Chapter 17 (15th edition)

Manifest Destiny and Its Legacy

  1. The Accession of “Tyler Too”
    1. William Henry Harrison, the Whig president elected in 1840, suddenly died after only one month in office.
    2. Harrison's campaign slogan had been "Tippecanoe and Tyler Too." Now, with Tippecanoe dead, it was Tyler's turn to be president.
      1. John Tyler was not part of the Whig plan. Whig leaders Henry Clay and Daniel Webster had intended to control President Harrison. But, Tyler had a strong independent streak.
      2. Tyler did not share Whig beliefs. He'd been chosen as V.P. to "balance the ticket" by attracting elite Southerners.
    3. John Tyler was a bit of an enigma, very difficult to figure out.
      1. He was a Southern gentlemen of the old school, with high principles.
      2. He leaned toward Jefferson/Jackson ideals, but disliked Jackson's my-way-or-highway style. So he went to the Whigs.
      3. The Whigs considered him a Democrat in Whig clothing. And in truth, his ideas did align much more with the Democrats than with the Whigs.
  2. John Tyler: A President Without a Party
    1. The Whigs went ahead with their strong nationalistic plans. Up first was the banking issue.
      1. Whigs, led by Henry Clay, wanted to end the independent treasury (where government money was kept in independent banks). A law was passed to end it, and Tyler went along and signed it.
      2. Clay then sought to make a new Bank of the United States. This time, Tyler vetoed it. He then vetoed another similar bill.
      3. Democrats were very happy, the Whigs were furious. The Whigs kicked Tyler out of the Whig party. Thus he became a president without a party.
    2. The tariff was the next issue to be bounced around.
      1. The Whigs passed a tariff bill, but Tyler also vetoed it. He disliked the fact that the sale of western lands would be spread around among the states.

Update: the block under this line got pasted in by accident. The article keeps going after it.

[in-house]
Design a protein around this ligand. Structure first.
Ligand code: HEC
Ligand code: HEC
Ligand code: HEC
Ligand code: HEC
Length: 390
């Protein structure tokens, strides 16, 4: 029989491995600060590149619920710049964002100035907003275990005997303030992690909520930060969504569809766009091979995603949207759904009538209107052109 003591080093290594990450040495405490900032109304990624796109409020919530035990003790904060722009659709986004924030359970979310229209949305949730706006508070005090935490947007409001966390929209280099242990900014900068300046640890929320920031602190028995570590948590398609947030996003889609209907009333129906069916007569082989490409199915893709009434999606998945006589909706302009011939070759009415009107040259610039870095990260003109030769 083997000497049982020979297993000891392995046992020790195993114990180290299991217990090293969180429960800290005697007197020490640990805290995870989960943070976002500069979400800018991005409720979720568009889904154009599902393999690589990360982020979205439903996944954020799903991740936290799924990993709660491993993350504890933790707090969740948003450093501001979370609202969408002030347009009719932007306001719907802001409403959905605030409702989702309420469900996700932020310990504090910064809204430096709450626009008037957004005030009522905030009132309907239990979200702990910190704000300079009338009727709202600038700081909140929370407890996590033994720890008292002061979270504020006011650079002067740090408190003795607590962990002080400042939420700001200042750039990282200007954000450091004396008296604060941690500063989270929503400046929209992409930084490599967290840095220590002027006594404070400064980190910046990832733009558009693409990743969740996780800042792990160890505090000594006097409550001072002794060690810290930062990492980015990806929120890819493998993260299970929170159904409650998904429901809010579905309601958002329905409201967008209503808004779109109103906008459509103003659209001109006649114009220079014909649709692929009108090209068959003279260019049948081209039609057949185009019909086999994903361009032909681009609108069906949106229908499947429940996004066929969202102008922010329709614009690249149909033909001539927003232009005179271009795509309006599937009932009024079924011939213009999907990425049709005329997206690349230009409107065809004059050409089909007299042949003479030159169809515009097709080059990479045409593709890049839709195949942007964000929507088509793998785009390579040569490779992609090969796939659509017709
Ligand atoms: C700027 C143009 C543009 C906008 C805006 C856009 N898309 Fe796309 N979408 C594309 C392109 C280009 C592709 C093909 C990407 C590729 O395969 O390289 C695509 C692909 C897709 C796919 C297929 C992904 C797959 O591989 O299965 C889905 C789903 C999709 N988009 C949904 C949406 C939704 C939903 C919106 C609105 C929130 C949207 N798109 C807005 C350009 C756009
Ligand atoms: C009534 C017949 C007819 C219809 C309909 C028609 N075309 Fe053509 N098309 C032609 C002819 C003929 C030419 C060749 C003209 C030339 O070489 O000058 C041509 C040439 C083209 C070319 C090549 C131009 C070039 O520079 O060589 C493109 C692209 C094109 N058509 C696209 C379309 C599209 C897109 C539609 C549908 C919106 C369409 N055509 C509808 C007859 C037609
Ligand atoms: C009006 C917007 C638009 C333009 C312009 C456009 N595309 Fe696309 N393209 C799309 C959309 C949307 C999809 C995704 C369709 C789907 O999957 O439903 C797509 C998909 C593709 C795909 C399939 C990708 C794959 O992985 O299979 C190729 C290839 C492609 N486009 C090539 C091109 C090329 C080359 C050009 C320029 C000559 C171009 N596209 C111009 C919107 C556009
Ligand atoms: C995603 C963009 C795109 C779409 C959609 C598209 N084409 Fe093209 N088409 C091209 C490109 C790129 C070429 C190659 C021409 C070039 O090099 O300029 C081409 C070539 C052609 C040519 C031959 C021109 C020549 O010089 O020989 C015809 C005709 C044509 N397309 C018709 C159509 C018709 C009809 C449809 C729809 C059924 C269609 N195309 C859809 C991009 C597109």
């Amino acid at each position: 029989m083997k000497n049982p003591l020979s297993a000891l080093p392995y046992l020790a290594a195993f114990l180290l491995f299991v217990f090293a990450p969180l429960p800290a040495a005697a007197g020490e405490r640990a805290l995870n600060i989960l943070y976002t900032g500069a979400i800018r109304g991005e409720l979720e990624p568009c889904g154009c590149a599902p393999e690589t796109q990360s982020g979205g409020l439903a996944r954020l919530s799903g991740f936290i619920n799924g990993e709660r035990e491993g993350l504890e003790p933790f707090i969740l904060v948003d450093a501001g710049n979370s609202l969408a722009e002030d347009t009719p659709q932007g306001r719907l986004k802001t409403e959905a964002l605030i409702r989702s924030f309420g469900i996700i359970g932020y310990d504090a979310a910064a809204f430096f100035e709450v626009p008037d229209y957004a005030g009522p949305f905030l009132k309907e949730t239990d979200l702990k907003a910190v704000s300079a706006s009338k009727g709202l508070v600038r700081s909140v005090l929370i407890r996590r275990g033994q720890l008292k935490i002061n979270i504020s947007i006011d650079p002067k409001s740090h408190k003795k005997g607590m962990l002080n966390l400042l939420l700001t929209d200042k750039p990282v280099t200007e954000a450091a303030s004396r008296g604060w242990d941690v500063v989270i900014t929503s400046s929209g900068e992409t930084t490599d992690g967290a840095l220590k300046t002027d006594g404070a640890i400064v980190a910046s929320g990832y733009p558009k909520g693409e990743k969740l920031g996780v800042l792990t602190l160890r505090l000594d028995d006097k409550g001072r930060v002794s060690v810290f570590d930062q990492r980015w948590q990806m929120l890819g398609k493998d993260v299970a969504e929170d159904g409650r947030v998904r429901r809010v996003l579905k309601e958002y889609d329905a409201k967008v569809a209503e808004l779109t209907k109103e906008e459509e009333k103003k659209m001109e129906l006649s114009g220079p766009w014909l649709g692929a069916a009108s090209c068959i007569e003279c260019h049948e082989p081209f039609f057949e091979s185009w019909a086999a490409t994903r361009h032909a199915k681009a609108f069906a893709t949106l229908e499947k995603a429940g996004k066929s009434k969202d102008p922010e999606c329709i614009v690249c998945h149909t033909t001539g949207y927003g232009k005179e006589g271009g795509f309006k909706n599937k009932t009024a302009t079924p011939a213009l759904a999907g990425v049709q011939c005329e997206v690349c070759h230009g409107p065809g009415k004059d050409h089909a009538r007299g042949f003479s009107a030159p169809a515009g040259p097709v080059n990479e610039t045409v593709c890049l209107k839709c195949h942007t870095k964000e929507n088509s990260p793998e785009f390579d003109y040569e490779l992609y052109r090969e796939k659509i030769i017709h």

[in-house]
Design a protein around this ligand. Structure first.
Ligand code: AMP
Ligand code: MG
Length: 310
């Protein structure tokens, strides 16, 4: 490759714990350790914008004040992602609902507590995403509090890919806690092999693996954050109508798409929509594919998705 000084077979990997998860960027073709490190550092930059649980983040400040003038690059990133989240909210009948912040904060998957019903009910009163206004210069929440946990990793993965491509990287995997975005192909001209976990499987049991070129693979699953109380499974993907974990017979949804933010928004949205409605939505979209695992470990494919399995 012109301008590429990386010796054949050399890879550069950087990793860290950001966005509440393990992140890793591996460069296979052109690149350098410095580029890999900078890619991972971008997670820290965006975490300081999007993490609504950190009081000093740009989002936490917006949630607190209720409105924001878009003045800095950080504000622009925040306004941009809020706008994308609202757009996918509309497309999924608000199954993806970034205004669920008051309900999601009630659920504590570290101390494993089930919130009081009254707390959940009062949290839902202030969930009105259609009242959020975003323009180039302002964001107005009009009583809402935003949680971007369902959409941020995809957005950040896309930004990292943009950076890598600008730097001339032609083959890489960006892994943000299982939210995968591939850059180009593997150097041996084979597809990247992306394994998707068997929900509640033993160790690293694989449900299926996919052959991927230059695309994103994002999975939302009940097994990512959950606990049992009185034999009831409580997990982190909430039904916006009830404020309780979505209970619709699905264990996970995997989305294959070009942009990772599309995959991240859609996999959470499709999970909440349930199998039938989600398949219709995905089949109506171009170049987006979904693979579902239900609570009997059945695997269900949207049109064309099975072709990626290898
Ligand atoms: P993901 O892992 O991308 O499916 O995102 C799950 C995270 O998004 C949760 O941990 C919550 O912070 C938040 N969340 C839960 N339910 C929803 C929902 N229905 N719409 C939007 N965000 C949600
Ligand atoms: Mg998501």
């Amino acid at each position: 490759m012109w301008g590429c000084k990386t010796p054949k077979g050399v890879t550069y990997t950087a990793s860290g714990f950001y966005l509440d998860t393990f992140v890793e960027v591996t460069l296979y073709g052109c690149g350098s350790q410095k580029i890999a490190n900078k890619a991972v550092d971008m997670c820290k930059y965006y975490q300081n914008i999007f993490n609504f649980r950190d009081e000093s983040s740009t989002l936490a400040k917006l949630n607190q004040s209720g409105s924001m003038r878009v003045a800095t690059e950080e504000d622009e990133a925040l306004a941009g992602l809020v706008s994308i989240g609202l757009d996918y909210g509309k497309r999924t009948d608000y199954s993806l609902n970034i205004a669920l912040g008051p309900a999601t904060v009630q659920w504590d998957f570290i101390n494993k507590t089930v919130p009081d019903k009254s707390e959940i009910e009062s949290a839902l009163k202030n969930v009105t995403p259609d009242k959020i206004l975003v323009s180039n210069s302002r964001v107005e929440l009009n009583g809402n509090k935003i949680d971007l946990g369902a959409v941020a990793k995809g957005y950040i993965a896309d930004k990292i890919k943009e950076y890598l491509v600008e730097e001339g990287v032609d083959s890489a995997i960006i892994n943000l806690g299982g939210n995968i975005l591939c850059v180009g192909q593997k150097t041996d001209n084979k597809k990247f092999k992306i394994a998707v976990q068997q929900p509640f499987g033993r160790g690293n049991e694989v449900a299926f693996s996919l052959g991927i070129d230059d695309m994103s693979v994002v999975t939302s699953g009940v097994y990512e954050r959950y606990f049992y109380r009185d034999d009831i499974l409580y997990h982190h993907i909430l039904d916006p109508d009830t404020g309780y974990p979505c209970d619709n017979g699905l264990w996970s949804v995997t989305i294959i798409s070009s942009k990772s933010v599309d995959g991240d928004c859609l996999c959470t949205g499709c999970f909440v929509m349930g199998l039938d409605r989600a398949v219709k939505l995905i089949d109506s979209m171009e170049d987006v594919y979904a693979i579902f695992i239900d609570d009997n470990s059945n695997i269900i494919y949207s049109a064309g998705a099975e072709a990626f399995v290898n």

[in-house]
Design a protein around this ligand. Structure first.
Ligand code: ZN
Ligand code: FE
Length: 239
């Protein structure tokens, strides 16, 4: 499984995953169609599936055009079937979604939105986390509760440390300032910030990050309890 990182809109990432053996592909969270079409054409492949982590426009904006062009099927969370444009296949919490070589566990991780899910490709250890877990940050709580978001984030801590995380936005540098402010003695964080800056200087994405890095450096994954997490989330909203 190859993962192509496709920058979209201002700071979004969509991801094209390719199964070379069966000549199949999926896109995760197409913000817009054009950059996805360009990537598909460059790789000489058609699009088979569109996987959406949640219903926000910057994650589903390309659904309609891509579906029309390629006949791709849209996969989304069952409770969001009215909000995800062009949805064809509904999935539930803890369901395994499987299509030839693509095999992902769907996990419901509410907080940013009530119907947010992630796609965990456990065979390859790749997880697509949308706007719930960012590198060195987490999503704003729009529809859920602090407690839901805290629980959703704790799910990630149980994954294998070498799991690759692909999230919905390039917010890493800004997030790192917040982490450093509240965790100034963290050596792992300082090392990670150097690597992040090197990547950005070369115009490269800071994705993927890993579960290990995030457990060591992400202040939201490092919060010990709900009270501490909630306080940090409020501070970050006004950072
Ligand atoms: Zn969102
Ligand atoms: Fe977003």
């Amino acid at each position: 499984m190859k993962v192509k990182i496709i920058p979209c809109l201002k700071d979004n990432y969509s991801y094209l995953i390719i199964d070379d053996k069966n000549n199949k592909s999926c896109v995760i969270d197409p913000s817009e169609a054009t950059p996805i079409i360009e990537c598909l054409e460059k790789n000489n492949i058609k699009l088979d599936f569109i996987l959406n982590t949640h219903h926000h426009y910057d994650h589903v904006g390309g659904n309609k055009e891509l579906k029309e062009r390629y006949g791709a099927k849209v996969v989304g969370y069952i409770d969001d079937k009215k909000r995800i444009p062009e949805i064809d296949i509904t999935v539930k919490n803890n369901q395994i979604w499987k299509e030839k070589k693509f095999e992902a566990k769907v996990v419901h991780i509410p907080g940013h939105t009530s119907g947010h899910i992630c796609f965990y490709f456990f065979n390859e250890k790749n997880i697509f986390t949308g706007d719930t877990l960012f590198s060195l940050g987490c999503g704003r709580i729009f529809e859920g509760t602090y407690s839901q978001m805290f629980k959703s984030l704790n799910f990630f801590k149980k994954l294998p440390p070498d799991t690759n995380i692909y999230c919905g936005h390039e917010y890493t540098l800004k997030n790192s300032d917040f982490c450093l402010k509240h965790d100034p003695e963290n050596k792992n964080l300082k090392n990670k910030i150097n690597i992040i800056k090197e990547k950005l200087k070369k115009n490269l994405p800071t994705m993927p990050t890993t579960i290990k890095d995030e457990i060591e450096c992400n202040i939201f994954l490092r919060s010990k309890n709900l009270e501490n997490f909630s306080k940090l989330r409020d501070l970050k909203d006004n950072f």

2. The Whigs took out the offensive part, lowered the tariff a bit, and Tyler signed the newer tariff bill.
  3. A War of Words with England
    1. American-English hatred still ran deep and a few events deepened the wounds.
      1. A war of words began between writers across the ocean.
      2. British lenders were angry when American debtors couldn't or wouldn't pay up after the Panic of 1837.
    2. Other incidents were more violent.
      1. The U.S. ship Caroline was attacked above Niagara Falls by Canadians. America was not pleased.
      2. Later, a Canadian named McLeod boasted of helping in the attack, was arrested by Americans, and condemned to execution. Canada said to carry out the sentence would be to declare war. He came up with an alibi and was released.
      3. Another situation arose in the Bahamas when the American ship Creole was overtaken by 130 slaves. The British gave the slaves asylum (safe haven). Southern Americans were not happy.
  4. Manipulating the Maine Maps
    1. A dispute arose over between the U.S. and Britain over the Maine-Canada border.
      1. Britain wanted a road built from the Atlantic port of Halifax through to Quebec.
      2. The U.S. wanted the land.
    2. The dispute became violent in the Aroostook War, largely by lumberjacks fighting on each side over who'd get to chop down the lumber.